Once you have done your research and figured out what kind of work you want, where and how do you start to find jobs in that field?
Invest your search time in sites that host higher ed jobs
This may seem obvious, but some job sites will return more academic results than others. For the most part, when you are looking for work in higher ed, you’re not going to uncover as many results using a general job search engine (like LinkedIn, Monster or Indeed) as you would using a site like Inside Higher Ed. One recent exception to this rule seems to be Google Jobs search, as this has proven decently useful for uncovering academic jobs from across sites, including LinkedIn, university careers sites, and others – though its algorithm also pulls in irrelevant jobs more frequently than a more higher-ed tailored jobs site, so you will have to toss out results more frequently. And one final caveat: while Chronicle of Higher Ed has gotten more inclusive of non-faculty jobs, their bread and butter has always been faculty job listings. By all means, give it a shot, but for jobs in academic advising, career or alumni services, foundation development, communications, and so on, you’ll probably find more results elsewhere.
Know where you want to be? Start there
Even with sites that aggregate jobs in higher ed, the fact of the matter is that most jobs at colleges and universities get posted only on their own careers website. It costs hiring departments money to advertise their position on national job boards, so the majority of the time, what you’re seeing on sites like HigherEd Jobs or Inside Higher Ed is only one small slice of all of the jobs you seek. So if there are specific colleges or universities you want to work at, start on their careers site.
Similarly, even if there’s not one specific university you’re targeting, if there is a city you’re targeting – like, say, Boston – get a cup of coffee (cause this’ll take awhile!) and start googling. You’ll need to list all the colleges and institutions in the Boston metropolitan area and then for each one, find the careers site. Once you find it, bookmark it, copy them into a Google sheet, whatever works for you. This time spent up front (and we’re talking a few hours, particularly if you’re looking in Boston!) will save you from having to remember your list or re-google all of these later down the road.
Stay connected to professional organizations
Whether you’re aiming for jobs in Academic Advising, Research Administration, Nonprofit Management, or anything else, I all but guarantee you there’s a scholarly or professional association or listserv that posts jobs in that field. Find them, and add their site to your bookmarks or Google sheet so that you remember to check their listings regularly.
Save your search
You’ll probably start your search with keywords, or some combination of filters (Academic Advising, full-time, within 20 miles of Boston). You took the time to build an initial search, now be sure and save your search. Often this requires you to sign up for a free account on the site, using your email so the site will email you matching results when they appear. One reason many people fail to hone in on an effective job search is they skip this step; and so each and every time they return back to MyPerfectJobSite.com, they re-engineer their search. Sometimes you may be able to remember what uncovered some interesting leads last time and other times you may not. Save your search criteria, as that will also save your future self precious time down the road! Not to mention: you’ll be among the first to know the moment your perfect job gets posted, so you can get on with doing your homework about that job.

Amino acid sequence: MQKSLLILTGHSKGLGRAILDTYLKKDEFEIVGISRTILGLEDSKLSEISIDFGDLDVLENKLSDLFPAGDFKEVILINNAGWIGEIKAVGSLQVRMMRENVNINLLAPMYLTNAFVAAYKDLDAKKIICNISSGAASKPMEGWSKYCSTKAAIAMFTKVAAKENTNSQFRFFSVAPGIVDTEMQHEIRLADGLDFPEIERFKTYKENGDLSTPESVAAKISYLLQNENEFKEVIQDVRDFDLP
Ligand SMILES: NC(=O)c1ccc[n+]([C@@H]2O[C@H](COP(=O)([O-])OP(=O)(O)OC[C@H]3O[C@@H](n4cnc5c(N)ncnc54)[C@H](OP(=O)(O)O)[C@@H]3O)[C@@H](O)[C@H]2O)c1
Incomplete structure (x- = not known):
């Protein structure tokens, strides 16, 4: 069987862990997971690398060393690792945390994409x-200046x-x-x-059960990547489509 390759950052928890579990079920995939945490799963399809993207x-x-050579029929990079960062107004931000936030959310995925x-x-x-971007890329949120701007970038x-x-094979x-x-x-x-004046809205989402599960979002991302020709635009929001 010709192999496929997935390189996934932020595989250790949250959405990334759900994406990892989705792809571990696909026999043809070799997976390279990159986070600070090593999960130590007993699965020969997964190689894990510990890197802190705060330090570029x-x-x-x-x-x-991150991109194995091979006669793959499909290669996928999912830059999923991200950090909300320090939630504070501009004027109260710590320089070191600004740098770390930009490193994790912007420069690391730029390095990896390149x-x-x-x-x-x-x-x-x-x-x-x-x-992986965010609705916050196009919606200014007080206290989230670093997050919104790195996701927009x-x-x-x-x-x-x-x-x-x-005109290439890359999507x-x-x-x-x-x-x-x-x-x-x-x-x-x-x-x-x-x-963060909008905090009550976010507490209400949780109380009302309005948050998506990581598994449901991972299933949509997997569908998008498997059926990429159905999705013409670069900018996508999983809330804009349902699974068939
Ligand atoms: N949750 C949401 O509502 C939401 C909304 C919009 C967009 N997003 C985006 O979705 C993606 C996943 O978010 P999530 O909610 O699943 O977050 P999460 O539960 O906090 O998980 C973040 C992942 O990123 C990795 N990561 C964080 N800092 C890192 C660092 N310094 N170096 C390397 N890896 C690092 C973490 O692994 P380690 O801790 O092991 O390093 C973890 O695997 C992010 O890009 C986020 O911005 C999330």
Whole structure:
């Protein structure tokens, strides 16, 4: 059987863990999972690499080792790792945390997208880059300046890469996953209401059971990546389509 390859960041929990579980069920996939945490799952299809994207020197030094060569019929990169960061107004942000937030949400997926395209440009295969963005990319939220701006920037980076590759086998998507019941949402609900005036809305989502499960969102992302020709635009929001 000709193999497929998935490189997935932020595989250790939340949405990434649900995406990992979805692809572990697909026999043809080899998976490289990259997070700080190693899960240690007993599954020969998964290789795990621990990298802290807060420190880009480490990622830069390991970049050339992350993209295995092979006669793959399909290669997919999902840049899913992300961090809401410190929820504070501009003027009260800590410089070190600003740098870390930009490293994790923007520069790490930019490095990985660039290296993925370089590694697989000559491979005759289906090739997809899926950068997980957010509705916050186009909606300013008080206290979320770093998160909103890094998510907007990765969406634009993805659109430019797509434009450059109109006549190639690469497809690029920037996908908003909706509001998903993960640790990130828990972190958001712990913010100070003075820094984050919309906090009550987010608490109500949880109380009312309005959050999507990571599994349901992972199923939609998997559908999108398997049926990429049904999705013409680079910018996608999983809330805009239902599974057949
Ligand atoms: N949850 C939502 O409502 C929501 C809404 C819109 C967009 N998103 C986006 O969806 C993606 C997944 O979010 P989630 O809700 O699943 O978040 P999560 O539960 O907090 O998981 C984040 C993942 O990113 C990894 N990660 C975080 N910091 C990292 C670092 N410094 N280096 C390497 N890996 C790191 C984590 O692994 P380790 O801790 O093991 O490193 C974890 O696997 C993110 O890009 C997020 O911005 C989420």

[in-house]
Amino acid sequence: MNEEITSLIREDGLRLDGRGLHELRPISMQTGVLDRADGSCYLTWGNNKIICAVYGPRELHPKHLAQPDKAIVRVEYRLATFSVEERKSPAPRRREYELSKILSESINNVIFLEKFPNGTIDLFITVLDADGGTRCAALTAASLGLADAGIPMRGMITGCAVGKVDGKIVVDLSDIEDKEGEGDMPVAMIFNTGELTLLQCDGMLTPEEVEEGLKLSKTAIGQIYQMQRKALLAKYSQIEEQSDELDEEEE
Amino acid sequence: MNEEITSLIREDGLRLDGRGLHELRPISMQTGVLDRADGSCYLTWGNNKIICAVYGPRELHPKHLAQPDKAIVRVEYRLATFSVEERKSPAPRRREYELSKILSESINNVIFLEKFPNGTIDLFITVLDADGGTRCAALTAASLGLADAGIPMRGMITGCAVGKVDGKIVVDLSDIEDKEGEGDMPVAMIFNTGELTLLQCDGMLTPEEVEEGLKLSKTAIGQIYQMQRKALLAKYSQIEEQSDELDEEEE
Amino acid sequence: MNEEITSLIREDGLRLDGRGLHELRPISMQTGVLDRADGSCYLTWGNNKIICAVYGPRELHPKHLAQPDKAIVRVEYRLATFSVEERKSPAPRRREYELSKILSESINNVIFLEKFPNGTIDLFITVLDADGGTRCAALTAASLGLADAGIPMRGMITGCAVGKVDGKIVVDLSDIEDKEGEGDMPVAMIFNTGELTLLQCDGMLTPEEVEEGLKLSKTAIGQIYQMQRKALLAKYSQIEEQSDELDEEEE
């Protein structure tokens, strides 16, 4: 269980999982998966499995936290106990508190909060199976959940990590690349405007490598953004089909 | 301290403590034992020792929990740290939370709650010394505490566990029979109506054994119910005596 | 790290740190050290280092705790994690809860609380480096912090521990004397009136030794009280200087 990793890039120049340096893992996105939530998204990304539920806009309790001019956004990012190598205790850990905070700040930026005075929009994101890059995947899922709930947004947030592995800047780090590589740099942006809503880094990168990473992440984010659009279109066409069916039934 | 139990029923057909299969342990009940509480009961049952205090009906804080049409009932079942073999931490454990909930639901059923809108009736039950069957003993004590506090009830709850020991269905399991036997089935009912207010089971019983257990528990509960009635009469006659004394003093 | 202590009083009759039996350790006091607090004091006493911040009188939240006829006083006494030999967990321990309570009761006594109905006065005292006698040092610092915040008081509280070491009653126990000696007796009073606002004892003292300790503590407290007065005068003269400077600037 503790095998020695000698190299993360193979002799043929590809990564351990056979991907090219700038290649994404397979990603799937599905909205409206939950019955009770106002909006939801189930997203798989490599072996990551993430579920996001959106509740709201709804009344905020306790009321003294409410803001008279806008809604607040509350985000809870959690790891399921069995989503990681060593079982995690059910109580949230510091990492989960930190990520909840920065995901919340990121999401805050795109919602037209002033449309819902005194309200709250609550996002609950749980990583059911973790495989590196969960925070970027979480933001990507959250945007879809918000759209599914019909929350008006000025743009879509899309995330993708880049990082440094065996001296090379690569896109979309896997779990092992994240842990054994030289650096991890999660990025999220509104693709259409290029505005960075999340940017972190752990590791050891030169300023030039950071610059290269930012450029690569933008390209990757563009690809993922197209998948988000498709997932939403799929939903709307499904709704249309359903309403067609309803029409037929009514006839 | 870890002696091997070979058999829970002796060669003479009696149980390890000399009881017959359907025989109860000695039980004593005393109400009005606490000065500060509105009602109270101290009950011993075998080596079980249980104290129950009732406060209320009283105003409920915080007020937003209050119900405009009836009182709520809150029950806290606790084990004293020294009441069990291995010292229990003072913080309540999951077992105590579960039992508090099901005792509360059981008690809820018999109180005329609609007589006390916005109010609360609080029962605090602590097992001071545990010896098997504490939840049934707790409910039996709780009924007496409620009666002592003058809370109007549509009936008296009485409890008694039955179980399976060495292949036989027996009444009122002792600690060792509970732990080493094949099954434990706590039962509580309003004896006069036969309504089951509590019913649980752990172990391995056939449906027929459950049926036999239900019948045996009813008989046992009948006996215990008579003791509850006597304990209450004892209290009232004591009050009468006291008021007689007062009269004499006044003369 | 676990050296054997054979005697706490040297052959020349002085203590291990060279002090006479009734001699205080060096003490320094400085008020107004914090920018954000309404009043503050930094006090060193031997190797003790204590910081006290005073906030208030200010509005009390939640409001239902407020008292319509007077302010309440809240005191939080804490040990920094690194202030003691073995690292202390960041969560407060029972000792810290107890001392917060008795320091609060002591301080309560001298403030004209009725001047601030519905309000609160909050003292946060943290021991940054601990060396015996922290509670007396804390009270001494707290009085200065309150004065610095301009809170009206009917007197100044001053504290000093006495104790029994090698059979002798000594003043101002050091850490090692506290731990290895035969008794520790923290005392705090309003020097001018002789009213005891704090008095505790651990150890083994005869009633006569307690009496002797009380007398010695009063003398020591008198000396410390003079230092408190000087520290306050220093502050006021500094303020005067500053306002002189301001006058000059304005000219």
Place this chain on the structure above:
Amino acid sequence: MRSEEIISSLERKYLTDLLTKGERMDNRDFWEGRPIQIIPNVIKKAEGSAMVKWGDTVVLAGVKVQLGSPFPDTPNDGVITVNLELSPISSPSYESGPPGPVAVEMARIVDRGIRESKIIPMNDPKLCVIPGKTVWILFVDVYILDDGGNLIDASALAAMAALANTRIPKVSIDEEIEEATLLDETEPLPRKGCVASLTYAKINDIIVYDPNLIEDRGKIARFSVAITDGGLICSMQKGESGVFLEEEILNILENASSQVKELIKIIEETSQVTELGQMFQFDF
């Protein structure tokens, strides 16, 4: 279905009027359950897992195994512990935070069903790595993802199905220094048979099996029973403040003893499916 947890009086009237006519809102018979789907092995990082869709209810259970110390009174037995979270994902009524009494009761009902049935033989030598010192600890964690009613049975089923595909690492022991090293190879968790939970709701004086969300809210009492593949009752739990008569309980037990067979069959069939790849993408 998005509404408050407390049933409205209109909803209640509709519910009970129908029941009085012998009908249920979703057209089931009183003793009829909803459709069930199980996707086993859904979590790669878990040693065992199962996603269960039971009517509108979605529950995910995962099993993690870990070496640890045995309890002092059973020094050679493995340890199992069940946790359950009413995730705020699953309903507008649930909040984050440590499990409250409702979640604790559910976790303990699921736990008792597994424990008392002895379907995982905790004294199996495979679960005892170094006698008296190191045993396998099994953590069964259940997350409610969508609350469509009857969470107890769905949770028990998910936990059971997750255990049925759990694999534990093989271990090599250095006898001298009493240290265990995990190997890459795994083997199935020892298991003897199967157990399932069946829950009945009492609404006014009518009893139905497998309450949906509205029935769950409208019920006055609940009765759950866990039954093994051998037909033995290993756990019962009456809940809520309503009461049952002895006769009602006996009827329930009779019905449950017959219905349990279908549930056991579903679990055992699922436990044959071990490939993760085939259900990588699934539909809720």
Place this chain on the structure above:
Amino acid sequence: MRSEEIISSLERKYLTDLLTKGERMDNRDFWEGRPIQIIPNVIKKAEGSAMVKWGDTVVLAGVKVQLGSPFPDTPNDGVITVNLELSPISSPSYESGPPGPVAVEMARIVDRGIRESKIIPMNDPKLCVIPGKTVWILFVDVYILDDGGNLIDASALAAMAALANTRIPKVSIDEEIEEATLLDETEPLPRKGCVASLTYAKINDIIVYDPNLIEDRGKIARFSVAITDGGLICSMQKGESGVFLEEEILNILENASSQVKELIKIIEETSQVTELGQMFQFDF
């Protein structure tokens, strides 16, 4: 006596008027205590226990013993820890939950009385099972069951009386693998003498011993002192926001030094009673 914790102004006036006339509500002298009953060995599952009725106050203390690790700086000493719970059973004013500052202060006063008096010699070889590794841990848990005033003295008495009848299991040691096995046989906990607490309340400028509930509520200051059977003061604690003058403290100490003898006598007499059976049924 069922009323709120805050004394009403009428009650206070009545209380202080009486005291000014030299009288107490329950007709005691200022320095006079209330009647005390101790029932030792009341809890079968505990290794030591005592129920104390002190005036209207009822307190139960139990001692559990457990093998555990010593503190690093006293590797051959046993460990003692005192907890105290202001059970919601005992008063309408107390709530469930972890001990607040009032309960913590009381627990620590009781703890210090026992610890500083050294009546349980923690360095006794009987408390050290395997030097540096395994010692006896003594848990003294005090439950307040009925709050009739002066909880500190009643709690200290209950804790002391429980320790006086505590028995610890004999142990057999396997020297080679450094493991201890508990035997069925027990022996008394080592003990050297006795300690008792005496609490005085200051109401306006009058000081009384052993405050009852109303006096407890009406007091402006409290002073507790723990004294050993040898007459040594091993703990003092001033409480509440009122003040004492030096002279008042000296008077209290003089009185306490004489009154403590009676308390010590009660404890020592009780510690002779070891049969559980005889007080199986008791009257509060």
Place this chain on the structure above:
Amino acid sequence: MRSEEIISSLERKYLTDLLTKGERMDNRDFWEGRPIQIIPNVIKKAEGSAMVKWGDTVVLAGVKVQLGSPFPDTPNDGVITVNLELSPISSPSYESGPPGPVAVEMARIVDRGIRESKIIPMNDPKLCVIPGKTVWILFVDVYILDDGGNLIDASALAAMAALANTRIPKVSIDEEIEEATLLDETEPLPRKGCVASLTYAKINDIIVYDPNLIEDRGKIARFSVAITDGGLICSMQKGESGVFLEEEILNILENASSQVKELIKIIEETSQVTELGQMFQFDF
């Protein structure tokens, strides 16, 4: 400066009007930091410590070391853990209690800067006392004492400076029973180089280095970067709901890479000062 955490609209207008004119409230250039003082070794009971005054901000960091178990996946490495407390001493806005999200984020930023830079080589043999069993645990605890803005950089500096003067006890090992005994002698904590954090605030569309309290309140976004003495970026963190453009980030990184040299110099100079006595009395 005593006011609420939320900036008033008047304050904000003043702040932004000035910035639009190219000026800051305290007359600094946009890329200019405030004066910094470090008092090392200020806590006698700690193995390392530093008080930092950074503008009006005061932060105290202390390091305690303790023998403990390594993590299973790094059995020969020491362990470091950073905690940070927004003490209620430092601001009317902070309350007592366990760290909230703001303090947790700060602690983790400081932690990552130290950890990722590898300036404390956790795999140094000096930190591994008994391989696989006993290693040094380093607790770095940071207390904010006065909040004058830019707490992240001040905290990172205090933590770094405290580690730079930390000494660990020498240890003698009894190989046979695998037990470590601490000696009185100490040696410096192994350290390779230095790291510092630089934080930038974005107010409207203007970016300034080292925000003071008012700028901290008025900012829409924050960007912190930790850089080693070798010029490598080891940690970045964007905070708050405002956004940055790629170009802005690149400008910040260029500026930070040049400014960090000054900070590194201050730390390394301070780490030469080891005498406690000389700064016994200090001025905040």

Start wide, and narrow as you go
Once you build and subscribe to your search query, at first, you may experience one of two things: either no results at all, or too many results to realistically evaluate the results. If you’re suffering from no results after a couple of weeks, you need to get less specific with your keywords and filters and see if that turns up additional leads. A job one university calls Academic Adviser another might call Academic Coach, Student Services Specialist, and so on.
But more often, you might have too wide a search and be getting far too many results. That’s actually a good thing, because now you can apply filters to get closer to what you want. Be sure you apply filters one at a time so that you can see which ones help you get better results. One important note: don’t skip the narrowing of your search. You may think it’s great at first to be getting 50-100 results, but after even just a week or two, those 50 results will pile onto the previous 50, and you just can’t keep up. It’s simply not sustainable.
Remember this is only part of the process
Once you find a job listing that appeals to you, remember there’s still a long road ahead. To be successful, you still need to:
- get a reading on the job
- assess the employer
- make a decision on whether to apply, and
- prepare a strong application package.
And that is where a lot of your time and energy during the job search gets absorbed – tracking down the information you’ll need to submit a strong application. That is why you want to make your job search itself as stress-free, easy, and efficient as possible.
Let us know in the comments what tactics you have tried for making your job search easier and more effective.